Although it might seem as if cats are clairvoyant, they just have hearing that’s much more superior to that of humans. In addition to rotating their ears 180 degrees, cats can detect sounds ranging anywhere between 45 and 60 hertz. Compared to humans, who only hear sounds up to 20 hertz, they have super hearing. Getting envious is unnecessary; because a cat’s stellar hearing doesn’t always work in his favor, especially when he’s exposed to various sounds that he finds annoying and stressful. Knowing what some of these sounds are can help you create a stress-free, cat-friendly environment.
With their superior hearing, cats dislike loud noises. What might not sound loud to humans, can be deafening and scary to your cat. Fireworks, blaring music and noise from the vacuum cleaner come to mind.
Certain sounds can effectively startle cats and correct them when they’re misbehaving. Shaking a can filled with small rocks or coins, blowing a whistle or sounding an air horn, are common cat aversives. Your misbehaving cat dislikes these noises and will quickly leave the scene of the crime.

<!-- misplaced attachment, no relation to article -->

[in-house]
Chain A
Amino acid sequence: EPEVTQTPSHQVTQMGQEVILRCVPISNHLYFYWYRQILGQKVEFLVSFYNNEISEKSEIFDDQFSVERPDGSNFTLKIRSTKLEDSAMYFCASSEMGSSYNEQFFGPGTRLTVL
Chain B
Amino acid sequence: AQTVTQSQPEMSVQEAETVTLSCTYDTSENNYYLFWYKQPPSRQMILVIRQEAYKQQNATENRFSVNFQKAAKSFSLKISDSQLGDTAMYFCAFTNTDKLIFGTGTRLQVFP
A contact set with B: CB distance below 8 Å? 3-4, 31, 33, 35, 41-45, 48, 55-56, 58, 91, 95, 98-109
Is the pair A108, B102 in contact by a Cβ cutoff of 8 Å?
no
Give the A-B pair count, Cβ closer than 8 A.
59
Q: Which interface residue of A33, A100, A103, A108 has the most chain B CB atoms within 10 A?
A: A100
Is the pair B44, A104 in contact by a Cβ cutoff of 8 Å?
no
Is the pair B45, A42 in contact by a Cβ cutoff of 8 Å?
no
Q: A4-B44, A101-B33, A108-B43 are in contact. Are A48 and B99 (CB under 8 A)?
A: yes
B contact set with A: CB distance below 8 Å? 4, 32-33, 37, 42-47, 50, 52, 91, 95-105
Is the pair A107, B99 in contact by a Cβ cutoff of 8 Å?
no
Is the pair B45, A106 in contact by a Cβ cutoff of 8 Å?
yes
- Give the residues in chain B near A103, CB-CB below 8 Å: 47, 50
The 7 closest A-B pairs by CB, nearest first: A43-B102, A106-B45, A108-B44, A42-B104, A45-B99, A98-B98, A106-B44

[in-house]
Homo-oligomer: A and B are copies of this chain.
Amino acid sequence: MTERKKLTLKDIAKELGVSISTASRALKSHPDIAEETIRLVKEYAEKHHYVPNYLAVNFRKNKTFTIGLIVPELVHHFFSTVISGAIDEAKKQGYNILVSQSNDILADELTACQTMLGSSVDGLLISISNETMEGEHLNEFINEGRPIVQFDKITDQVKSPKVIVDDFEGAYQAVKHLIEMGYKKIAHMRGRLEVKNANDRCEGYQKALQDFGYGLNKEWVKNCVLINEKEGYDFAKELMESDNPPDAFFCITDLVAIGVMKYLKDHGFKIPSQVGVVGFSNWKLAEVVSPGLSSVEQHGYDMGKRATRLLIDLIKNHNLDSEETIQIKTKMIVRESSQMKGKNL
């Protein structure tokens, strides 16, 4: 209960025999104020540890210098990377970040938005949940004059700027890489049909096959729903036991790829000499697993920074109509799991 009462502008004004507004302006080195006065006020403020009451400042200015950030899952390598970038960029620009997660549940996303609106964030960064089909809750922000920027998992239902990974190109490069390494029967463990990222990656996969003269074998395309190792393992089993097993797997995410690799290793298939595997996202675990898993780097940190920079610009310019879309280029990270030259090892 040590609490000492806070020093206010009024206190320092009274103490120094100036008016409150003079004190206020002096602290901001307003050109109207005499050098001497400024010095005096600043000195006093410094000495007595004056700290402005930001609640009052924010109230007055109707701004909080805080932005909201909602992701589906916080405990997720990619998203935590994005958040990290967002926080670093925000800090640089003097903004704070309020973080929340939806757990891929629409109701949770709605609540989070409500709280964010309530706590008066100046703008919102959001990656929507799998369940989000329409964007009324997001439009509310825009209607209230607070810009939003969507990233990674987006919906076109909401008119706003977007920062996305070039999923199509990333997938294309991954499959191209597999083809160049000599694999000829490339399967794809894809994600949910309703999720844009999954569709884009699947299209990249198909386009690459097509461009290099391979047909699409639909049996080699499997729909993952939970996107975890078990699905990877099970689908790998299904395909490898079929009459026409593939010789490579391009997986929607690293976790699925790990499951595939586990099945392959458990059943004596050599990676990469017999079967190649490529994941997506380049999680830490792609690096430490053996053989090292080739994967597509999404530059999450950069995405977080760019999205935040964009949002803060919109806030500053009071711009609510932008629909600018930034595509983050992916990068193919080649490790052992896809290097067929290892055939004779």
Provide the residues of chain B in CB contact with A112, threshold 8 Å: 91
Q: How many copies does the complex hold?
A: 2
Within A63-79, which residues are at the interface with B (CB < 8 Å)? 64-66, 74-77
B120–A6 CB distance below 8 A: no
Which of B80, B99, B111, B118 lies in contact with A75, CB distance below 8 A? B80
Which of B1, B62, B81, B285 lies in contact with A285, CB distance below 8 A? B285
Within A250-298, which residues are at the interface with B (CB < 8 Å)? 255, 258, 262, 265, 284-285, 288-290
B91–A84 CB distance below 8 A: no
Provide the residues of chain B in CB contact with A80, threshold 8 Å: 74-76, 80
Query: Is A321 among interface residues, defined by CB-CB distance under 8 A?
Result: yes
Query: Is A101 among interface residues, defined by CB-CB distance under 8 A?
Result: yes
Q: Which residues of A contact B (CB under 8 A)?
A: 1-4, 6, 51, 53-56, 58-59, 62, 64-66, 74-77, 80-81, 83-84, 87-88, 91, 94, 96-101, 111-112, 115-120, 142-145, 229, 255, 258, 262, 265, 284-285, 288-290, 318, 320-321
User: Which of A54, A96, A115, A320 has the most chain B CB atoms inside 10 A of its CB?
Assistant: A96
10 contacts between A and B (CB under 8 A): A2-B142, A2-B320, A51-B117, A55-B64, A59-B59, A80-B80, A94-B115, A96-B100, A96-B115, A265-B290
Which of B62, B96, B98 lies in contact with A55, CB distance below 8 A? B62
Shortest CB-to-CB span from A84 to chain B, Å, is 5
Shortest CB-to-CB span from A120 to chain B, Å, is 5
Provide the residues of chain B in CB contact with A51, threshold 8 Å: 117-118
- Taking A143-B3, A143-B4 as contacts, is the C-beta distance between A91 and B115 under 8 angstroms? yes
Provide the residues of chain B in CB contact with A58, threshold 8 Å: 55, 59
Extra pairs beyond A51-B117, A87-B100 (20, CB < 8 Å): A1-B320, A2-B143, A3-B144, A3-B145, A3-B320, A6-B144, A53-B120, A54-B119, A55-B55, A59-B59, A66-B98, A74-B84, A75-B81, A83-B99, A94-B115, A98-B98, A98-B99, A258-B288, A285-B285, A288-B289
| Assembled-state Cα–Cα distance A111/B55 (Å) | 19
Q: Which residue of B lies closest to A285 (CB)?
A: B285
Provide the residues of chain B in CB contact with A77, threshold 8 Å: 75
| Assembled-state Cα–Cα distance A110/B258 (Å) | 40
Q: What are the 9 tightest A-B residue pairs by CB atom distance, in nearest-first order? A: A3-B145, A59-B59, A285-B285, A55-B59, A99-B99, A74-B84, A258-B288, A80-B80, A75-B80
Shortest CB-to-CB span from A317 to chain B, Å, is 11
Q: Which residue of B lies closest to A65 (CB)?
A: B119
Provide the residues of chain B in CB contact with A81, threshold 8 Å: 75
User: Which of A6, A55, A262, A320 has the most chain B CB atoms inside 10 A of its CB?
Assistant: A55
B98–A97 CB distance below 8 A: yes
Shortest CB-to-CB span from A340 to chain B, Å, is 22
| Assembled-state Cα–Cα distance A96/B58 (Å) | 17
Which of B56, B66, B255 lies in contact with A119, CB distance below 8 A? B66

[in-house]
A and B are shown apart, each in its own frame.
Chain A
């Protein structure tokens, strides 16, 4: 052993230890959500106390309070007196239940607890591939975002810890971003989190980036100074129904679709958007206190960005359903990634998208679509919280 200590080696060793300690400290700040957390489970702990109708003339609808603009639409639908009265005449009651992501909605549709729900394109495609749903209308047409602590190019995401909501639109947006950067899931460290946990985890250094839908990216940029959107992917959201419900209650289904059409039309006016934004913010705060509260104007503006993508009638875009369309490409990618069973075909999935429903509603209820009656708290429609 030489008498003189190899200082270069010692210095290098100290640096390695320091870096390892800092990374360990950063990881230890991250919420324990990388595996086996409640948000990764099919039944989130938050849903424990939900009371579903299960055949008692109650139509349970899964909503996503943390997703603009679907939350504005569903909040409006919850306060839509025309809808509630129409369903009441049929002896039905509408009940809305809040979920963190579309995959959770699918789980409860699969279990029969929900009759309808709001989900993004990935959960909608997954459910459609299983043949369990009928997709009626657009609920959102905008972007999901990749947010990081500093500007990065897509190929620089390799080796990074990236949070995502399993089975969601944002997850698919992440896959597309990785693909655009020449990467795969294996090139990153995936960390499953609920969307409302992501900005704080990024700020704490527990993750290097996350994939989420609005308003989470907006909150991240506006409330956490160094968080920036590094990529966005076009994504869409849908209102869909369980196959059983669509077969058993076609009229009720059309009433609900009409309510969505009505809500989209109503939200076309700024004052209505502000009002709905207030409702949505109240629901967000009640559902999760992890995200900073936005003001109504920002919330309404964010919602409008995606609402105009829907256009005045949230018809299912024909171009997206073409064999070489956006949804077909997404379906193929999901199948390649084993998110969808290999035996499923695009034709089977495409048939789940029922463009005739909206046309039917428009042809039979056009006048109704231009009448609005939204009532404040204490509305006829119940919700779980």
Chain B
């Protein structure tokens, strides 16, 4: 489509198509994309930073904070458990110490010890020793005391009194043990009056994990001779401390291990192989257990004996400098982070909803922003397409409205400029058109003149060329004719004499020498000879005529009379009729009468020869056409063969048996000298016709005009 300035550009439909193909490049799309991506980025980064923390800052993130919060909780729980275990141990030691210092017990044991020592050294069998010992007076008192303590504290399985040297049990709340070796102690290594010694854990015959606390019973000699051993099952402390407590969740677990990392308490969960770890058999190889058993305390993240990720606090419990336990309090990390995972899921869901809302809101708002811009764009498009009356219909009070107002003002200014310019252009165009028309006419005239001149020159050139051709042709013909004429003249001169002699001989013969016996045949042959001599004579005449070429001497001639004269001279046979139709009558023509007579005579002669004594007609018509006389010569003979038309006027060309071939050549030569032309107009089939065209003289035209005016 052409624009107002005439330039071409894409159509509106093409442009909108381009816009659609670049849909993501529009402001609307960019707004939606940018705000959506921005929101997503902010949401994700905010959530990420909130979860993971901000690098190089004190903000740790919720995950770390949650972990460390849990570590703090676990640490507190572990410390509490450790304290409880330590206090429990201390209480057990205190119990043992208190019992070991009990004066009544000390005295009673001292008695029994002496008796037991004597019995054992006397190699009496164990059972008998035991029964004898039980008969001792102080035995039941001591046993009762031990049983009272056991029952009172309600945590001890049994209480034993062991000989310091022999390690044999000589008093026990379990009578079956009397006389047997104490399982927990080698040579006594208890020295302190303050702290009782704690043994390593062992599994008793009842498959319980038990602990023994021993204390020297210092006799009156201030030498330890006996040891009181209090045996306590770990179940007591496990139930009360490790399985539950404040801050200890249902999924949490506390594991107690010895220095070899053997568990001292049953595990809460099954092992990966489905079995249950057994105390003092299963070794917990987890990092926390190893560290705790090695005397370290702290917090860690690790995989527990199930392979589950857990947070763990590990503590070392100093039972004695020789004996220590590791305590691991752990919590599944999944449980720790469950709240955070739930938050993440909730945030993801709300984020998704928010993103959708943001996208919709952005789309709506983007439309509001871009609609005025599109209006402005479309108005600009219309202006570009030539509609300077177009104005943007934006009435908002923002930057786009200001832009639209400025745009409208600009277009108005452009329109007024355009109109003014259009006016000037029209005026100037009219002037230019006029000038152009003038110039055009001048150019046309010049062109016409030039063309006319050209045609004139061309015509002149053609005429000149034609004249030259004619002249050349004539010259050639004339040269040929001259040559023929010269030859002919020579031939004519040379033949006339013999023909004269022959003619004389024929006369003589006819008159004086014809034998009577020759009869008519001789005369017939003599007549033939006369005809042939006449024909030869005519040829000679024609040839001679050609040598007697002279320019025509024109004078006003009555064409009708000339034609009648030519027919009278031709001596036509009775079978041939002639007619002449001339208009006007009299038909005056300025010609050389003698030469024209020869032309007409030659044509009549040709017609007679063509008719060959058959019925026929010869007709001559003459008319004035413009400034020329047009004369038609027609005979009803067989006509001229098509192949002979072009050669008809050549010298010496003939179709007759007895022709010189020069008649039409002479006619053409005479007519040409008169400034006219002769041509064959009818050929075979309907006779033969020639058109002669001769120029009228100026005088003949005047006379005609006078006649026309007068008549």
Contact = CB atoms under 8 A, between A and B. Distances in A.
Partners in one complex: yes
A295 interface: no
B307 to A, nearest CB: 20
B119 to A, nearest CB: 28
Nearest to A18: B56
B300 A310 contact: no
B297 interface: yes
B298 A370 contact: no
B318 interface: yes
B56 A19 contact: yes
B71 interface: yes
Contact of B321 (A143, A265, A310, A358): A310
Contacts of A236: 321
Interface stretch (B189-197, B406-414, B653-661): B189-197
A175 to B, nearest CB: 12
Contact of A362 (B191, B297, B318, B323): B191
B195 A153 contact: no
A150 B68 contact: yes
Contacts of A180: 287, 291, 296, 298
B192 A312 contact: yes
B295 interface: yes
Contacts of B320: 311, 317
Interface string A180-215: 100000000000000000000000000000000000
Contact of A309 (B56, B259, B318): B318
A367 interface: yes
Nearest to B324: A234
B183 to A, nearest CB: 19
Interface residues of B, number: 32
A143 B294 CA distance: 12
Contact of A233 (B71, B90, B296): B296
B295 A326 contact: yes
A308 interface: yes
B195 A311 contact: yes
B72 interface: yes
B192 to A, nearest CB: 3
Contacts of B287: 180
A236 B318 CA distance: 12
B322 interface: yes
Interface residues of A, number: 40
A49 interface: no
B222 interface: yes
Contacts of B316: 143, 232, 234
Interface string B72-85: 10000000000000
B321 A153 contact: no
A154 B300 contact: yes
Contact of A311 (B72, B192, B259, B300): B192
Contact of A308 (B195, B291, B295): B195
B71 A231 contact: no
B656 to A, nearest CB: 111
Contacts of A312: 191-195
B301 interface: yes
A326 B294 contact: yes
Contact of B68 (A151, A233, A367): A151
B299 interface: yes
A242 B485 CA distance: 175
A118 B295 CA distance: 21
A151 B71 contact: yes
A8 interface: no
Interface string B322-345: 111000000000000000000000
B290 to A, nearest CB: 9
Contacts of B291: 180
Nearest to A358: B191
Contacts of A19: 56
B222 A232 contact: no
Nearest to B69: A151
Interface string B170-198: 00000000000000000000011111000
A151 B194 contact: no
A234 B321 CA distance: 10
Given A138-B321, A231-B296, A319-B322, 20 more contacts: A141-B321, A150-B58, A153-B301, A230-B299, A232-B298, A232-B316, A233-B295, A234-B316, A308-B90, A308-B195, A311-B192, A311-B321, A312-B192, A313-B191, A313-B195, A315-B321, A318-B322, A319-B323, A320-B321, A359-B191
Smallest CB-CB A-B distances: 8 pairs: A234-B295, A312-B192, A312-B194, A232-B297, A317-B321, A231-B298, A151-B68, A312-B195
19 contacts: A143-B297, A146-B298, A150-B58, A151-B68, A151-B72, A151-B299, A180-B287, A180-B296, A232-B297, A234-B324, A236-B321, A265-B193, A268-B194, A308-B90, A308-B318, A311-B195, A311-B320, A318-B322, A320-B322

There are some sounds that humans can’t hear that are bothersome to cats. Computers, light bulbs, dimmer switches and flat screen televisions, can all give off an inaudible high-frequency sound that can irritate cats. If you notice that your cat leaves the room each time you turn on the television or computer, maybe it’s the sound emitted from the electronic device that’s stressing him out.
When a cat is scared or threatened, he’ll make a hissing sound, blast air out of his mouth and bare his teeth. When you spray an aerosol can, your cat dislikes the sound it makes, because it resembles the sound cats make when they’re in a precarious situation. Your cat might think there’s another cat around that’s making a hissing sound at him.
The Cat Doctor
Michigan Humane Society
International Cat Care